I have a story about Glenfiddich 15. I was planning a trip with my long-time friend Mike (he was my best man, and I was his) to Las Vegas, and I wanted to bring a bottle of something semi-special to share, and also to offset the price of drinks at the local bars. I knew that if you’re sitting at a machine or table in Vegas and are offered a free drink, it’s not going to be single malt. In fact, it’s going to be Dewar’s on the rocks. So given those criteria – something I can pour several glasses of each day without feeling the wallet pinch, but something special enough to be the only whisky I consume for four days, without much hesitation I went for a bottle of Glenfiddich 15.
The 15 is interesting. It’s widely-distributed, very cost-effective for a 15 year-old malt, and has something that no other (or almost no other) scotch on the market has: malt from a modified sherry-style Solera system. It’s miles ahead in quality from Glenfiddich 12 (which is just passably drinkable), but is still usually under $50. It’s got a little sherry flavor, a solid ex-bourbon oaky malty base, and top-notch craftsmanship.
I’m not going to be able to explain the Solera system effectively, nor Glenfiddich’s modified version, so I’ll summarize it like this: They take 15 year-old Glenfiddich from ex-sherry casks, ex-bourbon casks, and also ex-bourbon hybrids (ex-bourbon casks that were transferred to new oak barrels for 4-6 months). They then mix these into a giant “solera” vat that still contains whisky from previous batches, which have been mellowing together in the vat. Since the whisky in the vat is not contained in relatively small oak barrels anymore, it does not continue to “age” in the traditional way. The solera vat is never emptied more than halfway, which means there are theoretically molecules of whisky in each bottle of Glenfiddich 15 that were first put into the vat in 1998. As batches are drawn from the vat, they are married for a few months in a smaller cask and then bottled at 40% ABV.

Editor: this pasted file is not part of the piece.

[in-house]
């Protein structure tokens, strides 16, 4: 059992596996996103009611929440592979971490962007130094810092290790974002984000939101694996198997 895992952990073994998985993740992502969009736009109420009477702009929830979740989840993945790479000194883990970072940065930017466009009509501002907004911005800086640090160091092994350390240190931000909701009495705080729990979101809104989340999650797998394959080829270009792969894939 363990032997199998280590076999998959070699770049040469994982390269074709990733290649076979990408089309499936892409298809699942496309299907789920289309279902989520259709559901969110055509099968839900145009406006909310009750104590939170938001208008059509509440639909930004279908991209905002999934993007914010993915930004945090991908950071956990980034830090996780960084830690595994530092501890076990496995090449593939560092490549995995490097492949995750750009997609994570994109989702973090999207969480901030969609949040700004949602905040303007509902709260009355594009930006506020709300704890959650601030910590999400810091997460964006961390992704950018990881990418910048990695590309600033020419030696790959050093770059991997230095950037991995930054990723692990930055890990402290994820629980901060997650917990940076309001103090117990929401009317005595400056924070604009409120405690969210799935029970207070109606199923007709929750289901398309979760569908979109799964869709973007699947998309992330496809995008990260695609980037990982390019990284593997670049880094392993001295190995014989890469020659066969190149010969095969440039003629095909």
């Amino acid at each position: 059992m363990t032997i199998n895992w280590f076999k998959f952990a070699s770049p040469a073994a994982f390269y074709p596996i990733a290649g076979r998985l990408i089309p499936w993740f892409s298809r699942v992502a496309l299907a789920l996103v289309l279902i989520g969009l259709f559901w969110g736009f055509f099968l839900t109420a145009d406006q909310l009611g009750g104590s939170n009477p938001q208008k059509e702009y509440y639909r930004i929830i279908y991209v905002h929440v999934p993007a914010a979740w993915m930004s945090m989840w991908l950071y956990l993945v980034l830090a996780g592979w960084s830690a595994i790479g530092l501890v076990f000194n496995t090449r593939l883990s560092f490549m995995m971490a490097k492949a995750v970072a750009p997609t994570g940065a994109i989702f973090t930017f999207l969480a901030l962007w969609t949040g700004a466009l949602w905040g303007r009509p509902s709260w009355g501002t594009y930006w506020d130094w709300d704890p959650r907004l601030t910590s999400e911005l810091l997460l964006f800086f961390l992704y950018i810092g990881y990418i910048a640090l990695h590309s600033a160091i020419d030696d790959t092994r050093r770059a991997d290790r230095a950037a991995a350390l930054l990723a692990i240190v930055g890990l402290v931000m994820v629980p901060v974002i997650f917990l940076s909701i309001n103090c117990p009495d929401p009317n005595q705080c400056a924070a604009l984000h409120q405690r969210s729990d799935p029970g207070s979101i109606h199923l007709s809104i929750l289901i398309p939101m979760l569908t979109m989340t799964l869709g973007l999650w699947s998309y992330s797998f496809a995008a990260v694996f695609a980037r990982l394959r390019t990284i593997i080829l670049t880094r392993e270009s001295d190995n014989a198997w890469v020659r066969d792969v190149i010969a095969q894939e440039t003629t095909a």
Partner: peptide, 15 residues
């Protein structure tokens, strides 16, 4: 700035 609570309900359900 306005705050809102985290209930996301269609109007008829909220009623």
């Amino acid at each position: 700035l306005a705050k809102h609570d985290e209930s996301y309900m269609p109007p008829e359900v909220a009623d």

I didn’t bring any Glenfiddich back from Vegas. 😉
Review sample taken from a bottle purchased in Autumn 2015.
Nose: Mild sherry notes: golden raisins, slightly sulfury bananas, dried apricots. Also, lemon peel, buttercream frosting, marzipan. Reminds me a bit of Macallan Gold and also Dalwhinnie 15. It’s not a sherry bomb, for sure.
Palate: Thin body. Golden raisins again, plus loads of vanilla, coconut water (very weak), nougat, and blanched almonds. Very pleasant.
Finish: Medium-short. Malty, with sugar cookies, shortbread, and faint dried fruits. Never bitter. Fades with some nuttiness (almond butter?).
With Water: At 40%, it can’t take much water, but a few drops wakes up a fresh green banana note on the nose and makes the palate a tad sweeter. Optional.
Overall: A very pleasant albeit middle-of-the-road dram. Miles ahead of Glenfiddich 12 in terms of craftsmanship and general drinkability. It won’t win any individuality awards for flavor or rate in anyone’s top-10 list, but it satisfies thoroughly for the price, and warrants a consideration for the “basic” little-of-everything spot in your daily dram rotation. It’s also special enough (and has a good story) for gifting, and as I discovered in Vegas, is drinkable enough to polish a bottle off with friends.